Loveland-based 3D printer manufacturer Aleph Objects announced Wednesday that it had teamed up with a company in a collaboration that eventually could lead to 3D printing of human organs.
Working with Massachusetts-based FluidForm, Aleph has modified its LulzBot Mini 2 desktop printer to enable it to 3D-print liquids including the building blocks of human tissue in a process called bioprinting.
“We’re not going to see bioprinted hearts in people in three or four years; that’s still a fantasy,” FluidForm CEO Mike Graffeo said in a phone interview Wednesday. But it’s possibility down the road, he said.
Loveland-based 3D printer manufacturer Aleph Objects provided this photo of a piece of an artery that was created in a petri dish with a LulzBot printer.
In fact, Graffeo said, “the biggest emphases in bioprinting today line up with the biggest needs in transplants: heart, lung, liver, kidney and eyeball.”
“When I was an undergraduate, with the first notion of tissue-engineered organs, everyone got excited and said we would have them in 10 years. It’s been 25 years, and we don’t,” Graffeo said. “But now … finally we have a line of sight of how to do it.”
Graffeo, a veteran of the medical device industry, and FluidForm chief technology officer Adam Feinberg, a biomedical engineer and assistant professor at Carnegie Mellon University in Pittsburgh, knew each other in college, Graffeo said, and they reconnected about a year and a half ago. They formed FluidForm last year to commercialize the results of Feinberg’s research in the lab, including advances in bioprinting.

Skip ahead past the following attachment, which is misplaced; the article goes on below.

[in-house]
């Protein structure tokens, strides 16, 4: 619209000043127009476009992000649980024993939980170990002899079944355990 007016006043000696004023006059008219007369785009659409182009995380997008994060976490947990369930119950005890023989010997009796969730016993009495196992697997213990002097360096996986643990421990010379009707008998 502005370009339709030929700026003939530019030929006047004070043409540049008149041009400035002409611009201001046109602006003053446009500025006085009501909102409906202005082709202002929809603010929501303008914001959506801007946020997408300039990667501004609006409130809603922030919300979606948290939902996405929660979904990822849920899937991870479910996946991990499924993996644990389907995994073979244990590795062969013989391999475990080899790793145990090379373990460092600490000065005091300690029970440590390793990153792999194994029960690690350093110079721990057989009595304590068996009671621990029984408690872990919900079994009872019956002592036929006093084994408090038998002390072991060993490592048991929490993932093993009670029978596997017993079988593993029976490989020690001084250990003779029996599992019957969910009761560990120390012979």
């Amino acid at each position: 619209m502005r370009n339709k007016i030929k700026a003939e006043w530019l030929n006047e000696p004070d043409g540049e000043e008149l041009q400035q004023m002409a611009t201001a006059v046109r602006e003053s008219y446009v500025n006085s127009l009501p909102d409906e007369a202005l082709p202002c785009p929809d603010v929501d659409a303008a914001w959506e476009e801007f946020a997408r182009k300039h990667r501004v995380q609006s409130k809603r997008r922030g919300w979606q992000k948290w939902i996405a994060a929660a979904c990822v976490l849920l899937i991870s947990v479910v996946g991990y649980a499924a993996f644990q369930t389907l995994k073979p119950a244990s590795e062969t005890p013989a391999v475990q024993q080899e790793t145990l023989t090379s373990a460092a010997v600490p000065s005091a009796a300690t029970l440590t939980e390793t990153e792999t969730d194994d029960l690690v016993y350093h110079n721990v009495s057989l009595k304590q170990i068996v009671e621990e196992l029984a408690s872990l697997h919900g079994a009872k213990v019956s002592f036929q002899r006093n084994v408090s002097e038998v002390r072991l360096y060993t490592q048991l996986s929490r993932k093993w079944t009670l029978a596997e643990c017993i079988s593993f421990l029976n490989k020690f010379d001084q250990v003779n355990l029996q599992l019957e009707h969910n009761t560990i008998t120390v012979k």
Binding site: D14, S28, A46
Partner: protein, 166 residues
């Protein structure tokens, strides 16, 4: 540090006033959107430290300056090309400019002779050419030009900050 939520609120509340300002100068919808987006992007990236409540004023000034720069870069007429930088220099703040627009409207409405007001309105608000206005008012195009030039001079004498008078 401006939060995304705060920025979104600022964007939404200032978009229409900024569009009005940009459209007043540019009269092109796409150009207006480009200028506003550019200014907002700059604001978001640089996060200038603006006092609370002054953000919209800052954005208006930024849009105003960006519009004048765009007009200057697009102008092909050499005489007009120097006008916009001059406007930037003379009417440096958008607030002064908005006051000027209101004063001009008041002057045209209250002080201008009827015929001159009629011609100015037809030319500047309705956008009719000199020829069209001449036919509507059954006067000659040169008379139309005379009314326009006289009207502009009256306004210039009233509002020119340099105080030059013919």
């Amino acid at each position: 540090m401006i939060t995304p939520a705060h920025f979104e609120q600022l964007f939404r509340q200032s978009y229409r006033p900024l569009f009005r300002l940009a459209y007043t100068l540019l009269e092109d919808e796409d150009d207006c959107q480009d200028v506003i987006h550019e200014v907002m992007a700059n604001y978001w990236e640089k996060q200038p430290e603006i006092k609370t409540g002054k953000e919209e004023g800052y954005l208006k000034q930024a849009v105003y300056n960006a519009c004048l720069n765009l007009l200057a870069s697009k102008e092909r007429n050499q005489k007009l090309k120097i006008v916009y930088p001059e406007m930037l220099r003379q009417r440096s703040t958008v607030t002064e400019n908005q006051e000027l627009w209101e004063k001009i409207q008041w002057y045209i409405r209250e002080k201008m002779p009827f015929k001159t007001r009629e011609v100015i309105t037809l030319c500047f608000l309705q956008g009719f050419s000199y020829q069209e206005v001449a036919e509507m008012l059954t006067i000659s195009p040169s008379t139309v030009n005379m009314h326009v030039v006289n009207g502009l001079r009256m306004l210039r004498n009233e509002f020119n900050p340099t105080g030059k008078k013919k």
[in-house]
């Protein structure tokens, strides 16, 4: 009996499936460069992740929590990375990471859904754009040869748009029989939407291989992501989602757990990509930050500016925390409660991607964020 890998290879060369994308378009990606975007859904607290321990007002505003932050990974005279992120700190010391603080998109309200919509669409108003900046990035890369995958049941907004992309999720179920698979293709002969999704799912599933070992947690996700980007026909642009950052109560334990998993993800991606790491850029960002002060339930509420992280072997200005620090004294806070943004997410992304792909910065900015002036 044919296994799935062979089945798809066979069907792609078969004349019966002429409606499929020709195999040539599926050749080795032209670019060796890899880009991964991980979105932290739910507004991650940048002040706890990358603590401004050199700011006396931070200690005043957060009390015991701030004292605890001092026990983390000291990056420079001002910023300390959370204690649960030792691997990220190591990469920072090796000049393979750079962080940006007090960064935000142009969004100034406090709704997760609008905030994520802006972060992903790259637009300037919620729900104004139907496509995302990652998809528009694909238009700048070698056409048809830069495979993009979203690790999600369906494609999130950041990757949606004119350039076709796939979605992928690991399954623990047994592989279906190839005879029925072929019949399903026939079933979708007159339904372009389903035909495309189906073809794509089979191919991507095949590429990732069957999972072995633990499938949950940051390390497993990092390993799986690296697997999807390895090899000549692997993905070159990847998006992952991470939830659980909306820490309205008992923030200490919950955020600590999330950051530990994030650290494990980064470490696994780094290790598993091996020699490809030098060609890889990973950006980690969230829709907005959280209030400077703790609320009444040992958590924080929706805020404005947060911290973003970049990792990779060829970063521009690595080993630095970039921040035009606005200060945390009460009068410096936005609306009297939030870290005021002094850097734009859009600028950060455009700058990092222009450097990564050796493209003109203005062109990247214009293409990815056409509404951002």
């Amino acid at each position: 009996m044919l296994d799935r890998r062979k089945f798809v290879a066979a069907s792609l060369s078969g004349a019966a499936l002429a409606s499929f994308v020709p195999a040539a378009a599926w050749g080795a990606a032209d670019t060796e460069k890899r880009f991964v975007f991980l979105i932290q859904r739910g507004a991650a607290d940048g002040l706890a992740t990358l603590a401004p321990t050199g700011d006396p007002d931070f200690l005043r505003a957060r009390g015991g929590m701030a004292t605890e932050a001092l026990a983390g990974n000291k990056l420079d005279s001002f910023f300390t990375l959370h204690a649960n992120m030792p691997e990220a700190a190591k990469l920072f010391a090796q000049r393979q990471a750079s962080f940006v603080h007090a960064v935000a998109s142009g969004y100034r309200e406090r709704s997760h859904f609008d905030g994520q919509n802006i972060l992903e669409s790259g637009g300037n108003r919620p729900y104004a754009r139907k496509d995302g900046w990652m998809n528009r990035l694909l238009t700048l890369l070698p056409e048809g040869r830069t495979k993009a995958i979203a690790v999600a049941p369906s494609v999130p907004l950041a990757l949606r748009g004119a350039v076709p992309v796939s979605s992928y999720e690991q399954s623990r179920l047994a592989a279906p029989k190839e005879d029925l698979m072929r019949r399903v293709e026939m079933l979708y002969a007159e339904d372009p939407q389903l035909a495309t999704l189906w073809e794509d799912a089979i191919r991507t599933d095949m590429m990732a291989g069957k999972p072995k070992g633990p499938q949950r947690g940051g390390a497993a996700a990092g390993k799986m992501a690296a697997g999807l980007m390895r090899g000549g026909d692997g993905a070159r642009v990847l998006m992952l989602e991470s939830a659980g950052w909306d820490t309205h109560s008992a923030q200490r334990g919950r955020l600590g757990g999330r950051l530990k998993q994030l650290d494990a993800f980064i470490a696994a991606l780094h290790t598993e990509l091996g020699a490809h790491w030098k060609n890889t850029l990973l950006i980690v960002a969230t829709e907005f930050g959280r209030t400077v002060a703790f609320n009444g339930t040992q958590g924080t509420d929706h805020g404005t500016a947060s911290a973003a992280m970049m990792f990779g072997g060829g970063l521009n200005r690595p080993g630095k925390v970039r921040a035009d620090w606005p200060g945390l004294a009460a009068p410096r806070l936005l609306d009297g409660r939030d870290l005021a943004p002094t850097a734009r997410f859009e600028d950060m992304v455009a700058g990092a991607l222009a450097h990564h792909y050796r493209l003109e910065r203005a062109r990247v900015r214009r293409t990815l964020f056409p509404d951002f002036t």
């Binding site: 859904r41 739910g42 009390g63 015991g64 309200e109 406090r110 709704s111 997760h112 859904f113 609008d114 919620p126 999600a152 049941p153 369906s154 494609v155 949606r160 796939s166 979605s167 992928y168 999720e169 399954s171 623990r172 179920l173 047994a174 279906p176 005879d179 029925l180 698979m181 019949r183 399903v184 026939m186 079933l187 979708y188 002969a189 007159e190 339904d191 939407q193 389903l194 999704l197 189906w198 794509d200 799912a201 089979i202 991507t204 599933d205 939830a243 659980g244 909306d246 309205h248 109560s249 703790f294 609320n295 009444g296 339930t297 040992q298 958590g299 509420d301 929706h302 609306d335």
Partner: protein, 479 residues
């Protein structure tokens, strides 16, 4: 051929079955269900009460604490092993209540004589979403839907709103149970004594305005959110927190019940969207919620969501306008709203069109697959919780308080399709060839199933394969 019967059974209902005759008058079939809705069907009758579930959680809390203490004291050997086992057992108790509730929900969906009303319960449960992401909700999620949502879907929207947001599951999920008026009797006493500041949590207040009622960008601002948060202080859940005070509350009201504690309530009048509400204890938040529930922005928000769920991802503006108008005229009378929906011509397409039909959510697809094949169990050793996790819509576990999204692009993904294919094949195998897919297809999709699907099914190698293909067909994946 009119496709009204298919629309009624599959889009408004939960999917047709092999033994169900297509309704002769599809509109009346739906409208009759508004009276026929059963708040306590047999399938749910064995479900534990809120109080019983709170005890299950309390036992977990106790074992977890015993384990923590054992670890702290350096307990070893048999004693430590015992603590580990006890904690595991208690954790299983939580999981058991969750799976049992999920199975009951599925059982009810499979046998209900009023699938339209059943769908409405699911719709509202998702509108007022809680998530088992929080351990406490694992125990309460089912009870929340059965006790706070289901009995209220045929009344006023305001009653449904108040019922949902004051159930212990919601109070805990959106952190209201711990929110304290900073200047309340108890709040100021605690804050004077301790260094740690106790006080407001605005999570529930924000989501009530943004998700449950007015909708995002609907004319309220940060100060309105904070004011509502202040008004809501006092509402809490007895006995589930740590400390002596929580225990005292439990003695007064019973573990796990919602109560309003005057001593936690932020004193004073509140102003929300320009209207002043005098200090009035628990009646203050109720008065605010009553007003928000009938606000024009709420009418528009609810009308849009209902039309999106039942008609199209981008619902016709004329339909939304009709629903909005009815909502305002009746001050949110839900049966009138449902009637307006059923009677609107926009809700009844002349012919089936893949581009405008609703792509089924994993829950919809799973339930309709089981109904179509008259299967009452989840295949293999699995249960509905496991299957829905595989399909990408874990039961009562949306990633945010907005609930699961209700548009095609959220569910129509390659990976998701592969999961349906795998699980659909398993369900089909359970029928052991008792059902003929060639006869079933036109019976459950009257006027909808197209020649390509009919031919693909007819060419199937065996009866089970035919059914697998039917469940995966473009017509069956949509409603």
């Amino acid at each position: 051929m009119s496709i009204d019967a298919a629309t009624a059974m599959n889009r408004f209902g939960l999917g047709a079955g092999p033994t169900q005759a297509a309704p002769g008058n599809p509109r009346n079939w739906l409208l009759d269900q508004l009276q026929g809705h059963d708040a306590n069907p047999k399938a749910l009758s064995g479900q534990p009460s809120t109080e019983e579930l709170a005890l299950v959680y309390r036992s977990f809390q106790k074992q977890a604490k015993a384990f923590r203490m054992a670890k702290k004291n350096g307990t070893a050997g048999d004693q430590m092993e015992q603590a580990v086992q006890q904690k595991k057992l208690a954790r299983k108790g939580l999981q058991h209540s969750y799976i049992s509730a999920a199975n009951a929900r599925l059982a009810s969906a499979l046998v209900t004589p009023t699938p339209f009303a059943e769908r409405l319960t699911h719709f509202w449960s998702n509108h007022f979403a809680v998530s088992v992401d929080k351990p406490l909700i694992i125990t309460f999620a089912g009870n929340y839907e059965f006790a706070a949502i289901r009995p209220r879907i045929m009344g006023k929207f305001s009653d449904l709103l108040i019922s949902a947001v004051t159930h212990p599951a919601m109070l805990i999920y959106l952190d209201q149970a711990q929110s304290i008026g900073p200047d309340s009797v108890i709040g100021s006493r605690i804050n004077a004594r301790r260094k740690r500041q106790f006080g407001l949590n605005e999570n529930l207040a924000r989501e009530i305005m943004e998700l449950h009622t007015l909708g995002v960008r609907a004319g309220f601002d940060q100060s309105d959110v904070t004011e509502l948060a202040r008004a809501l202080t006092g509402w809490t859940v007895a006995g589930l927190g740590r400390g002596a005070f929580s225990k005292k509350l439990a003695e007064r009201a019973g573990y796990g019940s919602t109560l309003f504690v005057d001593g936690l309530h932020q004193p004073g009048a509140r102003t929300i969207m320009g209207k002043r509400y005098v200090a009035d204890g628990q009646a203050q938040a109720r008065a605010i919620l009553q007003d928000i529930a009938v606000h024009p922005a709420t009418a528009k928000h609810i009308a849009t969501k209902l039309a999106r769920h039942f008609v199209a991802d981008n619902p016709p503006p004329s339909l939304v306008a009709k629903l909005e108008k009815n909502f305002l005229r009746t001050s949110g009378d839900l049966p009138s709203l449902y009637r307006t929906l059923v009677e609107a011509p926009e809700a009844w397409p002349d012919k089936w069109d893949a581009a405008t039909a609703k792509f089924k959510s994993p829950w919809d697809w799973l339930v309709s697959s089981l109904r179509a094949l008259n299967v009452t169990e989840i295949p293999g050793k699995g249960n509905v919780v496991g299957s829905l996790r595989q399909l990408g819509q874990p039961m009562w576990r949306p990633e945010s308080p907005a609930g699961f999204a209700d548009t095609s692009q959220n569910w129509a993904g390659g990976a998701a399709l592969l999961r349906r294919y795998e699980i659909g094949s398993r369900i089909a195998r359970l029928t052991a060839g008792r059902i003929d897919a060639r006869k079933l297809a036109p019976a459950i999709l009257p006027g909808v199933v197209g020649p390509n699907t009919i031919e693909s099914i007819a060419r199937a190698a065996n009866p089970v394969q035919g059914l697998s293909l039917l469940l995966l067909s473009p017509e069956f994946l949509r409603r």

The technology of 3D printing involves a highly accurate print head laying down layer after layer of material, usually a plastic, to create something. In bioprinting, the print head is replaced by a syringe with a needle that deposits layers of what is called “bioink.”
A biological “scaffold”
Graffeo explained that the human body is made up of two main things besides water: “cells and the stuff that keeps the cells in place — the extracellular matrix.”
This matrix is “the scaffold around the cells that holds them where they belong,” he said.
With substances such as collagen, FluidForm 3D-prints biological scaffolds using its FRESH technique, which stands for Freeform Reversible Embedding of Suspended Hydrogels.
On these scaffolds, stem cells can be applied that will regenerate into tissues to help heal wounds and rebuild joints, and much more.
“That’s really hard to do because collagen is a liquid in a syringe,” Graffeo said, so if applied to a surface, “it would be a puddle.”
That’s where a breakthrough material from FluidForm comes in. Called LifeSupport, the gel-like material is placed in a petri dish, and the printer’s needle creates a three-dimensional structure in the gel. The medium holds up the bioink as it’s laid down into the appropriate shape.
When the LifeSupport gel is warmed, it melts away, leaving the 3D bioprinted structure.
A video on the FluidForm website shows a LulzBot printer creating a piece of an artery.
While other labs and companies are using bioinks that are available from various vendors, FluidForm is the only maker of a …read more
Source:: The Denver Post – Business